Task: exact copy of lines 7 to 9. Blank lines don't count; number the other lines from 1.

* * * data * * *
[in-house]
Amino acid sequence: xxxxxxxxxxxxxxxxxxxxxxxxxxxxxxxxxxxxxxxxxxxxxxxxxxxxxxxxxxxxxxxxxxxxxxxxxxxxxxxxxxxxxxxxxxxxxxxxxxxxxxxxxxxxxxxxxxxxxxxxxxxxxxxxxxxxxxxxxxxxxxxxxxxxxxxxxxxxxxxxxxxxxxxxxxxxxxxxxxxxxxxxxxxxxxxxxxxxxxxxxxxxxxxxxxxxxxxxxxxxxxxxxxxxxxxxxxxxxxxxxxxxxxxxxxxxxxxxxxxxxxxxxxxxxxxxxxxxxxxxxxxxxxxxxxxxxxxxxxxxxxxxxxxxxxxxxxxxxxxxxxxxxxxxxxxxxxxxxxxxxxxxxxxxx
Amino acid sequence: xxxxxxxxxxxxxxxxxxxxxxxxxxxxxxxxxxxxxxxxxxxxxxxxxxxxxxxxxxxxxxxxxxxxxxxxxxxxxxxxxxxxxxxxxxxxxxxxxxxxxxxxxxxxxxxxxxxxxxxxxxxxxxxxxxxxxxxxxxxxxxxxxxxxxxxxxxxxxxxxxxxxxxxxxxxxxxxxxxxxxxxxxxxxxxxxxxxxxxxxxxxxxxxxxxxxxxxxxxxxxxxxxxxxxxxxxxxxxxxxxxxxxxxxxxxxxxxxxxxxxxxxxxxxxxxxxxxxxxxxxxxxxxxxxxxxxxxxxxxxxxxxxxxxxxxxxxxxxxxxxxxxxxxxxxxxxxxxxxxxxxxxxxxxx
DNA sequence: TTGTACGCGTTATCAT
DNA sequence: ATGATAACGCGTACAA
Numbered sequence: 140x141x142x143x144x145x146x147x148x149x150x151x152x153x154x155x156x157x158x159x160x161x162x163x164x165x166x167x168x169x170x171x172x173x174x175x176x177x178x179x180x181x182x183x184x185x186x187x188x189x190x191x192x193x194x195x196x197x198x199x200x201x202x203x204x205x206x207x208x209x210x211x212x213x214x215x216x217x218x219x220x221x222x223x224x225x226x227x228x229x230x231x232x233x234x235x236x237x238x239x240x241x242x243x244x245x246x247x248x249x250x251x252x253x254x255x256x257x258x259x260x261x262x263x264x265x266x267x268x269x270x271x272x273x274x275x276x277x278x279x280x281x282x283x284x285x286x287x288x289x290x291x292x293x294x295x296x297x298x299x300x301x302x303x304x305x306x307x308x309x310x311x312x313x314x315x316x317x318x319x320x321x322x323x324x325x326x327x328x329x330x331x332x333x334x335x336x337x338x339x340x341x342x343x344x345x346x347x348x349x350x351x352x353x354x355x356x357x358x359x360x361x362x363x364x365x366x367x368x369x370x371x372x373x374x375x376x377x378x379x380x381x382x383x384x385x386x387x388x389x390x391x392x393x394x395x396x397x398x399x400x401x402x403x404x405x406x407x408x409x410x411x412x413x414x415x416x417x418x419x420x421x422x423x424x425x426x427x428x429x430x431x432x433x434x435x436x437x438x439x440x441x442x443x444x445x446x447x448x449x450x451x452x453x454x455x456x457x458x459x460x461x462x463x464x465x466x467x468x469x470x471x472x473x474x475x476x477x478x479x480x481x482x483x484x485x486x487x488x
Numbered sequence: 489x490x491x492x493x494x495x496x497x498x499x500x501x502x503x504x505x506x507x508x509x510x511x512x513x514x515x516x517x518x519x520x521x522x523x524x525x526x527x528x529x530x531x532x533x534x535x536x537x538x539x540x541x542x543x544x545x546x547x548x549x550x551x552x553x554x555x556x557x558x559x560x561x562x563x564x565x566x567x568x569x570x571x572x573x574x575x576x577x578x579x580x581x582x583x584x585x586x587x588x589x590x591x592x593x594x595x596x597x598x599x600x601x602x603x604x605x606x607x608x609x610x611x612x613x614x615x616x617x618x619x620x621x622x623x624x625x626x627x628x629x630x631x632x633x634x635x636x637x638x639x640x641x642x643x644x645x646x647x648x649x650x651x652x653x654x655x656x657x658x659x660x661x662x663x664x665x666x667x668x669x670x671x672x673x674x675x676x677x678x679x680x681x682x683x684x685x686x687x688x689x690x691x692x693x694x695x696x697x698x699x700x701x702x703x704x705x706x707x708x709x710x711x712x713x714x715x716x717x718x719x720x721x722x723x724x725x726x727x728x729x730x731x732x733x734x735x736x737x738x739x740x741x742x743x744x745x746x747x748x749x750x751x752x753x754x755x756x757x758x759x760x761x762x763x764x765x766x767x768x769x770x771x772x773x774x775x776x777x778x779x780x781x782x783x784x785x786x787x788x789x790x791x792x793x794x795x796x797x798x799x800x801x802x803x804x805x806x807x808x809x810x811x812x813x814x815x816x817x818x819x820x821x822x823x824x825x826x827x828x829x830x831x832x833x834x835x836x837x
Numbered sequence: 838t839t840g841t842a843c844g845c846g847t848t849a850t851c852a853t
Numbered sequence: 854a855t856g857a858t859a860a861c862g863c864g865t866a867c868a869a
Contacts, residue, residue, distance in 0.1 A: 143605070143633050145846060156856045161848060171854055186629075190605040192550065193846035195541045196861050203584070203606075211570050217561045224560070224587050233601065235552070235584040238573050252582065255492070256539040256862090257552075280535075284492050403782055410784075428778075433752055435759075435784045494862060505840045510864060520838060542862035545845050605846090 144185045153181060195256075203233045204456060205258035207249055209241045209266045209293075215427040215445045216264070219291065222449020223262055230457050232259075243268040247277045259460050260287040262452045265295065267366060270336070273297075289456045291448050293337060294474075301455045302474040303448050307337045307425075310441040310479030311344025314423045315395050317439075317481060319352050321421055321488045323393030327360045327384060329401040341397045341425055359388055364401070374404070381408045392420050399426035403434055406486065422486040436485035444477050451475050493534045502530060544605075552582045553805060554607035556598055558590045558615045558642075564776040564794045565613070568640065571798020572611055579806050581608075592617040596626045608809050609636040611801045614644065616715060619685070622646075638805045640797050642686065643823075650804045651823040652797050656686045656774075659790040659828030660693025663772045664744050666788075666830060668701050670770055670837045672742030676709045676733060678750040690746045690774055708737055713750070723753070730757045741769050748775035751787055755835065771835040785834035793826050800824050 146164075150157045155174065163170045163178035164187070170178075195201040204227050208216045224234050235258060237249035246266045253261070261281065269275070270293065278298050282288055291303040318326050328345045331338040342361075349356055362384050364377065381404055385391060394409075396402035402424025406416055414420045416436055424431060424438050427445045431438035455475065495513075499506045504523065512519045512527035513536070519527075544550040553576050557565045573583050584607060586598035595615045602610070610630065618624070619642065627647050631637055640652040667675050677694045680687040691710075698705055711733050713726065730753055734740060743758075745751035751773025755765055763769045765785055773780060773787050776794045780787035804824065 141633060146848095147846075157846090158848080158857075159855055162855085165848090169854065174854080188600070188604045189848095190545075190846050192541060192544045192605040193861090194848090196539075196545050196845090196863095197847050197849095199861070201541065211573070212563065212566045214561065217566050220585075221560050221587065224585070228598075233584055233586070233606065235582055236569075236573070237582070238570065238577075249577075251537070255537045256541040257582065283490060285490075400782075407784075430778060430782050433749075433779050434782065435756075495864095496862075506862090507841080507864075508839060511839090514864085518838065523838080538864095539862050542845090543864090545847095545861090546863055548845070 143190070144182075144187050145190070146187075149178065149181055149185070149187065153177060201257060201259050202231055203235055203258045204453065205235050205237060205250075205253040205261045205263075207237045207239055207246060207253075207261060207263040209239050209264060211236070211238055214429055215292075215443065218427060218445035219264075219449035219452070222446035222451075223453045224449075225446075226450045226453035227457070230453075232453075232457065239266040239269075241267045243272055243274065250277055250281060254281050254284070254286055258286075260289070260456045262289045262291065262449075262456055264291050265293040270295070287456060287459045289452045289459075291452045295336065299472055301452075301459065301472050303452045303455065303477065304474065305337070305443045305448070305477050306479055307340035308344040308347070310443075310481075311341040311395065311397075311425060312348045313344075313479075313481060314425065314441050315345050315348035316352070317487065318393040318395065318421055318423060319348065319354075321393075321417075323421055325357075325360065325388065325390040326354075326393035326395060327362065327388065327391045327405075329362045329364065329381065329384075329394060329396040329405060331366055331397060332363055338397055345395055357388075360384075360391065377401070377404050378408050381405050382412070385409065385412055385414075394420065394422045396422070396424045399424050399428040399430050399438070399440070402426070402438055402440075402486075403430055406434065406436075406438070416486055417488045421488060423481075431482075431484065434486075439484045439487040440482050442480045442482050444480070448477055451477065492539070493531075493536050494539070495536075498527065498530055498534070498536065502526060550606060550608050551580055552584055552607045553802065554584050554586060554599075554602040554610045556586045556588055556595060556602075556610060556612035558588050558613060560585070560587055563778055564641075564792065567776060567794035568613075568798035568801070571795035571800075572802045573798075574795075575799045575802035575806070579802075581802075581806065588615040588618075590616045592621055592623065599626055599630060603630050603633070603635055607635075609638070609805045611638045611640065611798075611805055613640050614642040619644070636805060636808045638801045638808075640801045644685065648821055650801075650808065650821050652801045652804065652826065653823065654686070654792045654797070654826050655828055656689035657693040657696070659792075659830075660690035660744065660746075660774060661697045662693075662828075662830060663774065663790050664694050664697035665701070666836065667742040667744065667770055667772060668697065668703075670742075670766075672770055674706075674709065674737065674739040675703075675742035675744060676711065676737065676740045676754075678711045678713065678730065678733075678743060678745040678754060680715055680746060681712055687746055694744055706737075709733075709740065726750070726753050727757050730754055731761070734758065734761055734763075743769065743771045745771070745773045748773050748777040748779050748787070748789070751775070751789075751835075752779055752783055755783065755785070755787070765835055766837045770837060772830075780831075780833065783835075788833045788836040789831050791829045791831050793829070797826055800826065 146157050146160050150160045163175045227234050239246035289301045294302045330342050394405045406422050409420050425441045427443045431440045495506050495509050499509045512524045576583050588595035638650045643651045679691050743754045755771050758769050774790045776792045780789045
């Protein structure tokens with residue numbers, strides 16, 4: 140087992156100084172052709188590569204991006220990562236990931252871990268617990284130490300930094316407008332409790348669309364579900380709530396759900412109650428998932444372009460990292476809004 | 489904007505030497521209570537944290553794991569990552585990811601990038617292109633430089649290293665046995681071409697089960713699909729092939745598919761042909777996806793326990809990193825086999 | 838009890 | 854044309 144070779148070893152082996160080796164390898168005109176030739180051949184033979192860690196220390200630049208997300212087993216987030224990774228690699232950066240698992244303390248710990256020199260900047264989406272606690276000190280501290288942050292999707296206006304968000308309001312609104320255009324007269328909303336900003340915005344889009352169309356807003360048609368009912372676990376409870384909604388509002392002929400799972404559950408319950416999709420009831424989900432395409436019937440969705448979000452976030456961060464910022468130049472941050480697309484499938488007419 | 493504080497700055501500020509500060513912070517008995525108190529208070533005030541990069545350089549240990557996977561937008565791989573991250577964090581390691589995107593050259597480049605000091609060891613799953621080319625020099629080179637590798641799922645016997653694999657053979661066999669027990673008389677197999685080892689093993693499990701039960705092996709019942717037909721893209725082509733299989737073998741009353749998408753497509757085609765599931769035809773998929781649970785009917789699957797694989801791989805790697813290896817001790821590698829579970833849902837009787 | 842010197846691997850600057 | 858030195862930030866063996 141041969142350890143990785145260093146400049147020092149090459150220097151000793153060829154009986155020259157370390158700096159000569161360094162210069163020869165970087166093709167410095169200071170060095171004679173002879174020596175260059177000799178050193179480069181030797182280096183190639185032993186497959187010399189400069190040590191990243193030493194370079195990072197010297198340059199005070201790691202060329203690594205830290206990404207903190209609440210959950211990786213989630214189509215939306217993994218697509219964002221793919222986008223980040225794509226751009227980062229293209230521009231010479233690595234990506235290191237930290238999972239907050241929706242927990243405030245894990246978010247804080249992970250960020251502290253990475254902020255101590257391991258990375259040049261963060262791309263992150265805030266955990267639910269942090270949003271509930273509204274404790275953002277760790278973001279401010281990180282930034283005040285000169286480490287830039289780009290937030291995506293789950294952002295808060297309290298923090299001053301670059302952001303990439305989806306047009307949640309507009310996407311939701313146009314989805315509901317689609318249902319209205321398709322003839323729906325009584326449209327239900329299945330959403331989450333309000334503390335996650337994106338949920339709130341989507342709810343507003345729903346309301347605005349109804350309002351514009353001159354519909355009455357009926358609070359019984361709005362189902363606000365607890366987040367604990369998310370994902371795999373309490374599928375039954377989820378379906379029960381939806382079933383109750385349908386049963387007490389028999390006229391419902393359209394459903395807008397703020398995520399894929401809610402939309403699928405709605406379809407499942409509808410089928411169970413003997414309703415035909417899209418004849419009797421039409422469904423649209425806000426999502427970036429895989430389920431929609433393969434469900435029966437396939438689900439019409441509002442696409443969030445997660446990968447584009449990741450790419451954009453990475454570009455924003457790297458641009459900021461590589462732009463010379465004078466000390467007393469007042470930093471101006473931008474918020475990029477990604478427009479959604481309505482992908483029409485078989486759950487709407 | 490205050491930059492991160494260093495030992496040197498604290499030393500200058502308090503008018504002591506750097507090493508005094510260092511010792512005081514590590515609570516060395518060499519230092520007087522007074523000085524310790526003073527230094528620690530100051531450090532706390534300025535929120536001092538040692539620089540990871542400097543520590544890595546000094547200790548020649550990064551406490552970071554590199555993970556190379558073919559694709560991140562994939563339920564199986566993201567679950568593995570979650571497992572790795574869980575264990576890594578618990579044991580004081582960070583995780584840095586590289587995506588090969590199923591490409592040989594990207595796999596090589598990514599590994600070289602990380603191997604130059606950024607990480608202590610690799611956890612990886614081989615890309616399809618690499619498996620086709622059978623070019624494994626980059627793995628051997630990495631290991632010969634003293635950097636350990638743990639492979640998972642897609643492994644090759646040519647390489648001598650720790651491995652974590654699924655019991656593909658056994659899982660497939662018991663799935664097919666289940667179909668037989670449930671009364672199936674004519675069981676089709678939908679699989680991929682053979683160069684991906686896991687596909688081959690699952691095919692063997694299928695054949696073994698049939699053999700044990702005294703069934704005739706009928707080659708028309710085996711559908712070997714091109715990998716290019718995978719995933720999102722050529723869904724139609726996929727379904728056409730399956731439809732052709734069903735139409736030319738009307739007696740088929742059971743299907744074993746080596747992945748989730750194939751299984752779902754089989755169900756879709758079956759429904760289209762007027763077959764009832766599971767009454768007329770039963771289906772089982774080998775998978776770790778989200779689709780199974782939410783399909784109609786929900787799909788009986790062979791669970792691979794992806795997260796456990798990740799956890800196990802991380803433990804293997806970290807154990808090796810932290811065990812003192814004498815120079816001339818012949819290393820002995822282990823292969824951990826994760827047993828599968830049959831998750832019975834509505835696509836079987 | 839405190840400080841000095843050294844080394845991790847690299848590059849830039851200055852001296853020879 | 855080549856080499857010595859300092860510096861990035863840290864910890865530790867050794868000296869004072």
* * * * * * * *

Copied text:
Numbered sequence: 489x490x491x492x493x494x495x496x497x498x499x500x501x502x503x504x505x506x507x508x509x510x511x512x513x514x515x516x517x518x519x520x521x522x523x524x525x526x527x528x529x530x531x532x533x534x535x536x537x538x539x540x541x542x543x544x545x546x547x548x549x550x551x552x553x554x555x556x557x558x559x560x561x562x563x564x565x566x567x568x569x570x571x572x573x574x575x576x577x578x579x580x581x582x583x584x585x586x587x588x589x590x591x592x593x594x595x596x597x598x599x600x601x602x603x604x605x606x607x608x609x610x611x612x613x614x615x616x617x618x619x620x621x622x623x624x625x626x627x628x629x630x631x632x633x634x635x636x637x638x639x640x641x642x643x644x645x646x647x648x649x650x651x652x653x654x655x656x657x658x659x660x661x662x663x664x665x666x667x668x669x670x671x672x673x674x675x676x677x678x679x680x681x682x683x684x685x686x687x688x689x690x691x692x693x694x695x696x697x698x699x700x701x702x703x704x705x706x707x708x709x710x711x712x713x714x715x716x717x718x719x720x721x722x723x724x725x726x727x728x729x730x731x732x733x734x735x736x737x738x739x740x741x742x743x744x745x746x747x748x749x750x751x752x753x754x755x756x757x758x759x760x761x762x763x764x765x766x767x768x769x770x771x772x773x774x775x776x777x778x779x780x781x782x783x784x785x786x787x788x789x790x791x792x793x794x795x796x797x798x799x800x801x802x803x804x805x806x807x808x809x810x811x812x813x814x815x816x817x818x819x820x821x822x823x824x825x826x827x828x829x830x831x832x833x834x835x836x837x
Numbered sequence: 838t839t840g841t842a843c844g845c846g847t848t849a850t851c852a853t
Numbered sequence: 854a855t856g857a858t859a860a861c862g863c864g865t866a867c868a869a